US State Department Expels 2 Venezuelan Diplomats

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The U.S. Department of State has expelled two Venezuelan diplomats. 

It comes one day after Venezuelan President Nicolás Maduro told the top U.S. diplomat and his deputy in Venezuela that they had 48 hours to leave the country. He accused them of conspiracy against the government. 

The State Department said in a statement Wednesday that the accusations against the U.S. diplomats are “unjustified.” 

The U.S. and Venezuela have been trading punches since Maduro won a second six-year term as president on Sunday

Multiple countries, including the U.S., said they wouldn’t recognize the results of the election. And the U.S. imposed new sanctions against Venezuela on Monday. 

In Wednesday’s statement, the State Department said the Venezuelan diplomats have 48 hours to leave the U.S.  

Additional reporting from Newsy affiliate CNN.

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Trump Cancels Upcoming Meeting With North Korea’s Kim Jong-Un

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President Donald Trump has canceled his upcoming summit with North Korean leader Kim Jong-un.

In a letter addressed to Kim, Trump said he felt it was “inappropriate” to have the highly anticipated meeting, citing Kim’s “tremendous anger and open hostility.” 

The two leaders had planned to meet June 12 in Singapore. As of Thursday morning, Kim had yet to comment on Trump’s decision.

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Harvey Weinstein Is Reportedly The Subject Of A Federal Investigation

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Federal prosecutors in New York are reportedly investigating some of the sexual misconduct allegations against disgraced film producer Harvey Weinstein.

The Wall Street Journal says those investigators are looking into whether Weinstein violated federal law by luring women to cross state lines “for the purpose of committing a sex crime.”

Weinstein’s lawyer told CNN he’s already met with the federal prosecutors “in an attempt to dissuade them from proceeding.”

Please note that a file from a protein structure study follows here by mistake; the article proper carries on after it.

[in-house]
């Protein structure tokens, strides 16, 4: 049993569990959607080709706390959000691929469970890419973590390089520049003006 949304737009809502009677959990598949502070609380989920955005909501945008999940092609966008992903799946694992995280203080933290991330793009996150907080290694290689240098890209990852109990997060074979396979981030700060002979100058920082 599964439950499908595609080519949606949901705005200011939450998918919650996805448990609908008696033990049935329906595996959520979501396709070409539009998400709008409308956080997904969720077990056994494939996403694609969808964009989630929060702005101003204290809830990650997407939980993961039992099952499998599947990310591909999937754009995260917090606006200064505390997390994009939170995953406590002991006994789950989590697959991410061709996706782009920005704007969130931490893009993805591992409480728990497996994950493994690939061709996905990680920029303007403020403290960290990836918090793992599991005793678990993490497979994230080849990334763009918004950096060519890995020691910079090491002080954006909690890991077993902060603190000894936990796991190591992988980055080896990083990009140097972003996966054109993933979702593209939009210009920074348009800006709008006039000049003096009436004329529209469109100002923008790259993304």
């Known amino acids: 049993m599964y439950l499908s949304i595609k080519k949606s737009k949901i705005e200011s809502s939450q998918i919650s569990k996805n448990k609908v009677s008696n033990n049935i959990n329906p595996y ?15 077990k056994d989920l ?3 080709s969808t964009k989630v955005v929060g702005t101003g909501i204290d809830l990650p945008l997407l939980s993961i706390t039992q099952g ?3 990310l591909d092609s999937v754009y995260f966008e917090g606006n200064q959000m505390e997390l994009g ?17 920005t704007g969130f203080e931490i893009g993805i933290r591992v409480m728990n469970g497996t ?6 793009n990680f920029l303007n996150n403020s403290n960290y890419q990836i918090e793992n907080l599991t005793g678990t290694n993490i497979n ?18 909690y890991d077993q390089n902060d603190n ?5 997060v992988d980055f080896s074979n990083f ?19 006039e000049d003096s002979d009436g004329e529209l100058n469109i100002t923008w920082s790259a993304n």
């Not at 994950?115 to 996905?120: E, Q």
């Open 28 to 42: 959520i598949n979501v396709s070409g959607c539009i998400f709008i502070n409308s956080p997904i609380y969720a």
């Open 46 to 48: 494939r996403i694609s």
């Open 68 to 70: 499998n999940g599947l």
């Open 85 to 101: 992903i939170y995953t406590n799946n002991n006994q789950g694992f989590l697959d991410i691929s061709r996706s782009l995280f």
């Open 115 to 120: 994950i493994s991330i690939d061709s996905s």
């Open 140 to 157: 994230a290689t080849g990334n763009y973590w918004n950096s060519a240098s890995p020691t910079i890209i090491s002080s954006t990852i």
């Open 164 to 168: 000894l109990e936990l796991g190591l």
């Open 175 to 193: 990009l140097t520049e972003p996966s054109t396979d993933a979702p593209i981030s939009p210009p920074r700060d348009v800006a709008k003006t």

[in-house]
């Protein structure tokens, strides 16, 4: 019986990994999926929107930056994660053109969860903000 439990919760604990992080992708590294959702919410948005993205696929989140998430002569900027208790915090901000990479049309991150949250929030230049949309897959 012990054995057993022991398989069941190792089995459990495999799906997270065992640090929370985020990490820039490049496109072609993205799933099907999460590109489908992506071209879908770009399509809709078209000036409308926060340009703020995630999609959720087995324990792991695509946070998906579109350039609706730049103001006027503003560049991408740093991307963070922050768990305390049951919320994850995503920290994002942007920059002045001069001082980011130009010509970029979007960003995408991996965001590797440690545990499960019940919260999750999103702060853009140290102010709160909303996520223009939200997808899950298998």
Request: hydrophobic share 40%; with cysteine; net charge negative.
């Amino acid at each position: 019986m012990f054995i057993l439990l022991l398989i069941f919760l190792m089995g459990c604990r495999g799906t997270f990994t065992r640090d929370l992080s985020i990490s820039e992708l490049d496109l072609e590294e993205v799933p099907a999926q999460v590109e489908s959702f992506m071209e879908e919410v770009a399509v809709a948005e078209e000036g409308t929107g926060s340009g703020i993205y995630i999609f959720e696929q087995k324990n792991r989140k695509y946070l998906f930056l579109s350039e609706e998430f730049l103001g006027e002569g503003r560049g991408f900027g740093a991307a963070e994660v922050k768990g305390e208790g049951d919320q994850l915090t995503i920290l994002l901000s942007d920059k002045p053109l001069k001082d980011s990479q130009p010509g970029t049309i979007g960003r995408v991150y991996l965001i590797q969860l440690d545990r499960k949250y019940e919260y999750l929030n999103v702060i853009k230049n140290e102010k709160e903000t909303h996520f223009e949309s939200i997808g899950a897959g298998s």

Since The New York Times detailed a string of sexual misconduct allegations against Weinstein back in October, dozens of women have come forward with similar claims.  

Weinstein’s representatives have repeatedly denied he engaged in non-consensual sex. 

Police in New York, Los Angeles and London have investigated some allegations, but Weinstein has yet to be charged with any crime. The U.S. attorney’s office for the Southern District of New York declined to comment on the reported federal investigation. 

Additional reporting from Newsy affiliate CNN.

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NOAA’s New Satellite Has No Chill, And That’s A Serious Problem

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The National Oceanic and Atmospheric Administration’s newest weather satellite has no chill, and that’s a problem.

A cooling system onboard NOAA’s GOES-17 satellite is malfunctioning and causing the craft’s Advanced Baseline Imager’s infrared and near-infrared imaging to degrade.

The satellite’s meant to monitor part of the Western Hemisphere — all the way from the Western U.S. to New Zealand. NOAA says it could be used to allow meteorologists to monitor and track developing storms in greater detail. 

It’s not clear how much of that mission it’ll be able to carry out with this cooling issue.

GOES-17 can still function without fully working infrared — it can still monitor lightning and take visible spectrum images. But if the cooling system can’t be restored, NOAA has said it’ll look for alternative missions for the satellite.

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North Korea Says It Has Destroyed Its Nuclear Test Site

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North Korea has destroyed what it says is its nuclear test site.

A crew from CNN and other international journalists were invited to watch Thursday’s demolition.

According to CNN, at least three nuclear tunnels, observation buildings, a metal foundry and living quarters were destroyed.

The move comes just weeks before U.S. President Donald Trump is expected to meet with North Korean leader Kim Jong-un.

But whether the June 12 meeting will actually happen has been called into question.